lem or paint a set of social conditions, they have taken to merely drawing pictures or raising questions rather than attempting even to suggest an answer. As we have seen, in the eighteenth century the writer of sentimental comedy painted social conditions, but with a psychology purely intuitional. To-day we have swung to the other extreme. Recognizing the limited space of the dramatist, confused by contrasting psychological theories, puzzled by the baffling intricacies of the human soul, convinced that the great questions raised cannot be settled in a breath, or with any ready-made panacea, many a dramatist to-day merely pictures an evil condition, waiting for others to find its exact significance or, better still, a solution. "Justice" of Mr. Galsworthy, like "La Robe Rouge" of M. Brieux, offers no solution, yet both led to changes in the conditions portrayed—in the former, conditions of prison life; in the latter, evils attending the life of the petty judiciary of France.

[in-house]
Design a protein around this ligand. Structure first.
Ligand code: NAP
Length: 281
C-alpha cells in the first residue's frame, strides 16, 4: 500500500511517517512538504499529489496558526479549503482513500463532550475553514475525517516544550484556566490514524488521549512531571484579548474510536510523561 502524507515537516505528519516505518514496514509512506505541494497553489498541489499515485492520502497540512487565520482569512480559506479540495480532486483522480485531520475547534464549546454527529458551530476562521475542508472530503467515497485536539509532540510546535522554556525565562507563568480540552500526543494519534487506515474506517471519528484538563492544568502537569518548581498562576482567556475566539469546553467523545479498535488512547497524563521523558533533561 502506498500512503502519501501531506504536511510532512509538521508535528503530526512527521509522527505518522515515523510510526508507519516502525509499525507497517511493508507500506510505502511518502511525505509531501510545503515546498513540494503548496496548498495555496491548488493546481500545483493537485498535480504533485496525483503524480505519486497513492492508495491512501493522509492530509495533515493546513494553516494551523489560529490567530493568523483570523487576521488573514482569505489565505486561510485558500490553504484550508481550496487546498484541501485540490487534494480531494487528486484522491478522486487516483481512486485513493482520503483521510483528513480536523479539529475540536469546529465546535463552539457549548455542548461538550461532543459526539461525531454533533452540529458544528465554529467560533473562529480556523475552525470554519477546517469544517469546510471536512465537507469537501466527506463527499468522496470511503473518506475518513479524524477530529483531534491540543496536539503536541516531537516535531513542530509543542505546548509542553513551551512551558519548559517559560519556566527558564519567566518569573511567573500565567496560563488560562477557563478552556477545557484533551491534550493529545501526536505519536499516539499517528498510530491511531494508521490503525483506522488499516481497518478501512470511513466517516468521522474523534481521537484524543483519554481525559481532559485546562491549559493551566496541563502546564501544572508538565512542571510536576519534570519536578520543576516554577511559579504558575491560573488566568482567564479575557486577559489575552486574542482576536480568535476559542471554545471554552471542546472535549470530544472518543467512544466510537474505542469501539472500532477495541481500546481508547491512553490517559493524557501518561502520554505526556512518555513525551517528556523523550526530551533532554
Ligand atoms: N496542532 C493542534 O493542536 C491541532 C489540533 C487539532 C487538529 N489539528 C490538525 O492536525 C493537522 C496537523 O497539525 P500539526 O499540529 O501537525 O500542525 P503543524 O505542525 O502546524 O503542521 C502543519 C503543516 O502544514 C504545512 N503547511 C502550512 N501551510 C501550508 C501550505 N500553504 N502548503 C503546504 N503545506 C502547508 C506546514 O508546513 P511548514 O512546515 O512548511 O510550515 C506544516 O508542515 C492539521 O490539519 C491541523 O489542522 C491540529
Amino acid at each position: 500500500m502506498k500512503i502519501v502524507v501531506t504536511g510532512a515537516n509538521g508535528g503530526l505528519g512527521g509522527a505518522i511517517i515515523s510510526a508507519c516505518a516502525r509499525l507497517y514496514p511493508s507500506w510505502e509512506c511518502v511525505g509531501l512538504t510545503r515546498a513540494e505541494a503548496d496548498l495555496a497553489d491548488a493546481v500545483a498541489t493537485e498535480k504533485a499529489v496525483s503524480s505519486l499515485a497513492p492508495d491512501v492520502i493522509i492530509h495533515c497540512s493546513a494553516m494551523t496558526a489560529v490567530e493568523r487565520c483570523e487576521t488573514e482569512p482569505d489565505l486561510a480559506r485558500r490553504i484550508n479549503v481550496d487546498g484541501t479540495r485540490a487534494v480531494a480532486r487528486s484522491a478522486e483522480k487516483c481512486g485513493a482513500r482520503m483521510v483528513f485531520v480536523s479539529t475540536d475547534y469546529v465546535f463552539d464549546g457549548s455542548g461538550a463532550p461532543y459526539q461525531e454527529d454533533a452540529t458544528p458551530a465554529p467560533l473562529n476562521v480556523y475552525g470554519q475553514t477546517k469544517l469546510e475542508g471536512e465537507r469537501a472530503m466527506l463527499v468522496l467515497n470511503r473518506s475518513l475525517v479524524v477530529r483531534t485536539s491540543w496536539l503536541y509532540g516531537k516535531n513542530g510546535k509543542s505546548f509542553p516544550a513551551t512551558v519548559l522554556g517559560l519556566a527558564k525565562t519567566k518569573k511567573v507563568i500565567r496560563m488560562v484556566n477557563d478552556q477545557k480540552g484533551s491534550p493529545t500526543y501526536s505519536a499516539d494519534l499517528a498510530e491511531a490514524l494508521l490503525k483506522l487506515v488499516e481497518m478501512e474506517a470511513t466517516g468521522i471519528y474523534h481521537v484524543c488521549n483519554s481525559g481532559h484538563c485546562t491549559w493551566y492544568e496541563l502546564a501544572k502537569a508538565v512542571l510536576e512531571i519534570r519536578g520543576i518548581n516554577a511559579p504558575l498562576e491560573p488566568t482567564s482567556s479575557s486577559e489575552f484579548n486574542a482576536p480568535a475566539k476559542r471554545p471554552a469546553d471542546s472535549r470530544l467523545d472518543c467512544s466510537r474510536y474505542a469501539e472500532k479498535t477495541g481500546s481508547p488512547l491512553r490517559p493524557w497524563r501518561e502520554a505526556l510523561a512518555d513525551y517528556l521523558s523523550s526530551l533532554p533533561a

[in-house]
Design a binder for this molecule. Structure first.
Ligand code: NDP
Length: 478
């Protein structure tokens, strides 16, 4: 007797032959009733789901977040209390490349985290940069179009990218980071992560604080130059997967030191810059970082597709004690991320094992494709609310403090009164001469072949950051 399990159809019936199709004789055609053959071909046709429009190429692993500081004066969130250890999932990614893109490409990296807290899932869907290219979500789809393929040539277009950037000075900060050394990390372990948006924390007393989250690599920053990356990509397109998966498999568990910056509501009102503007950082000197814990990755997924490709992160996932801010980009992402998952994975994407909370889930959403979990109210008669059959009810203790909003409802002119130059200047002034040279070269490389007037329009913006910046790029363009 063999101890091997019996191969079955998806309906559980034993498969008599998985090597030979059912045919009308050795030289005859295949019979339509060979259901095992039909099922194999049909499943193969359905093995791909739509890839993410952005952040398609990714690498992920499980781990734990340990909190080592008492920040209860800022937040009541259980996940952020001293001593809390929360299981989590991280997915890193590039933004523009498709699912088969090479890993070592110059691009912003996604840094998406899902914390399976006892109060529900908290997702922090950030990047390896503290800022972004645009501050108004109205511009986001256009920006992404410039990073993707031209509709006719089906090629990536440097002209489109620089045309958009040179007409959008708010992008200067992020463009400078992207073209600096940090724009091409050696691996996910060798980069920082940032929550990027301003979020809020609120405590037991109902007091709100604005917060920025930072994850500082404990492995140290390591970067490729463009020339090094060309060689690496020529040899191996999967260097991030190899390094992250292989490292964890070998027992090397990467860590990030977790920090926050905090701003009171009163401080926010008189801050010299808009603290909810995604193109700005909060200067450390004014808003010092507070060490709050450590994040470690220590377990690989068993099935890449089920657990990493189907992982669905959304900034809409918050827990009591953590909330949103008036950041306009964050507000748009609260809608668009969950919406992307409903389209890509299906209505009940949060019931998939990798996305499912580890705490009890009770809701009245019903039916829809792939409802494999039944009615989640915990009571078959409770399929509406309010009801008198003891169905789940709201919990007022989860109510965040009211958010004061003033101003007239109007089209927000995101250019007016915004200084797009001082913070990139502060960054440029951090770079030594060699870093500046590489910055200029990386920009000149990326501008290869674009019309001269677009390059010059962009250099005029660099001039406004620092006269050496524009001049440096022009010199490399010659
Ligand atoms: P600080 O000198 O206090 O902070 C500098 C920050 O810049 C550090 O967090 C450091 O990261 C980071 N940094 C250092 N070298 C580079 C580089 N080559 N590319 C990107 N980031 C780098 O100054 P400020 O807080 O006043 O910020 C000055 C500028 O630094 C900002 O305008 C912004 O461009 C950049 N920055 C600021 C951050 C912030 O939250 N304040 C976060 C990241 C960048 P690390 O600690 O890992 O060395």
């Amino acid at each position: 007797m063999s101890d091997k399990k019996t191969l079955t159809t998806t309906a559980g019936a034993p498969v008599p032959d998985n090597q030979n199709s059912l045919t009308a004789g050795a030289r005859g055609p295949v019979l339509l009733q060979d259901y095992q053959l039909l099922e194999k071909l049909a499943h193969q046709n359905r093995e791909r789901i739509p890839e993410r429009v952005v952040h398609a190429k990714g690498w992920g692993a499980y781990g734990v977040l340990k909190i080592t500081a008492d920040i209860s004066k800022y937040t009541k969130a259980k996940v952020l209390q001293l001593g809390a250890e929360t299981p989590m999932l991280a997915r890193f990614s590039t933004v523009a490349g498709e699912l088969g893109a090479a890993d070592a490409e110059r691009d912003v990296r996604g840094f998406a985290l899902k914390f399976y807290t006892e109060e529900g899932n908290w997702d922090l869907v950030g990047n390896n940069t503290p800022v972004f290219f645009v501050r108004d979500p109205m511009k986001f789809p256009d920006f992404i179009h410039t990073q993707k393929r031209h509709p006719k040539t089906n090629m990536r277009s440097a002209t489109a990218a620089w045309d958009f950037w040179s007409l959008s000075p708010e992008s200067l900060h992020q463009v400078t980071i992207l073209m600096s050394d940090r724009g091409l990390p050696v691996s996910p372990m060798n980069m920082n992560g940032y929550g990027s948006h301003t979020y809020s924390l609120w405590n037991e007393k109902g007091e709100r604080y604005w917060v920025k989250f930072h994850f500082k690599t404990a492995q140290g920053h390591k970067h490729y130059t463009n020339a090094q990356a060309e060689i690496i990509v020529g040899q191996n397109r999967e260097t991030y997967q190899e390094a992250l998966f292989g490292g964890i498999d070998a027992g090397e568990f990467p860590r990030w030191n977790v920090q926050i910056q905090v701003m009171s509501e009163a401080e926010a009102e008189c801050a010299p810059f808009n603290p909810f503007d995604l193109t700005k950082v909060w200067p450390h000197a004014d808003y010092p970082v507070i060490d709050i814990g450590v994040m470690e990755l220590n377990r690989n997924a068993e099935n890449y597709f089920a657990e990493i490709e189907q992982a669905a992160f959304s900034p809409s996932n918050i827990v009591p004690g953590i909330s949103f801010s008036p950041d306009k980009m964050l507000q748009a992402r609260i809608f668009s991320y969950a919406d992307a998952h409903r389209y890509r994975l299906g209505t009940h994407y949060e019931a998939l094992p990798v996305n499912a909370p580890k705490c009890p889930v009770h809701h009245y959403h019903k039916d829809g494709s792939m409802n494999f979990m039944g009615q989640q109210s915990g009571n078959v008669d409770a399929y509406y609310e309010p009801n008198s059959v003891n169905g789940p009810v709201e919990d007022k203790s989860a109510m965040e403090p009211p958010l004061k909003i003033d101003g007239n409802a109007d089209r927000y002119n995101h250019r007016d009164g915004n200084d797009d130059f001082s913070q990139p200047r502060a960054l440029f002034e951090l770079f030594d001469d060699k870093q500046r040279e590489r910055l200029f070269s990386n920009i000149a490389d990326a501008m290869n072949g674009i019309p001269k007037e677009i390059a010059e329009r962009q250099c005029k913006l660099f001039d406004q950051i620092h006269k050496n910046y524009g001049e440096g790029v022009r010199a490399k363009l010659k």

THE MENACE OF VAUDEVILLE AND MOVING PICTURES
A veritable passion for the theatre is shown by the younger generation to-day in the United States. It crowds the theatres—if we use the word to include not only places giving performances of legitimate drama but also vaudeville houses and picture shows—as in this country it never has crowded them before. To go to a theatre of the older type one must usually travel some distance and often one must save beforehand. Vaudeville and picture shows cheap enough for almost any purse are provided at our very doors. The difficulty is that what they offer is sometimes as low in art as in price. Yet surely, it may be said, there is good vaudeville, and surely proper legislation ought to dispose of what is poor or dangerous in it or the picture show. Granted, but there are inherent dangers which legislation cannot reach. In the first place, the balcony and galleries of our theatres are far less filled than they used to be before vaudeville and the picture show provided at much less expense and with greater comfort entertainment to many as satisfactory as the theatre itself. This decrease in attendance at the theatres naturally jeopardizes the chances of many a play which can be produced only if the manager feels reasonably sure of large houses or a public more general than usually frequents the orchestra. Vaudeville, too, like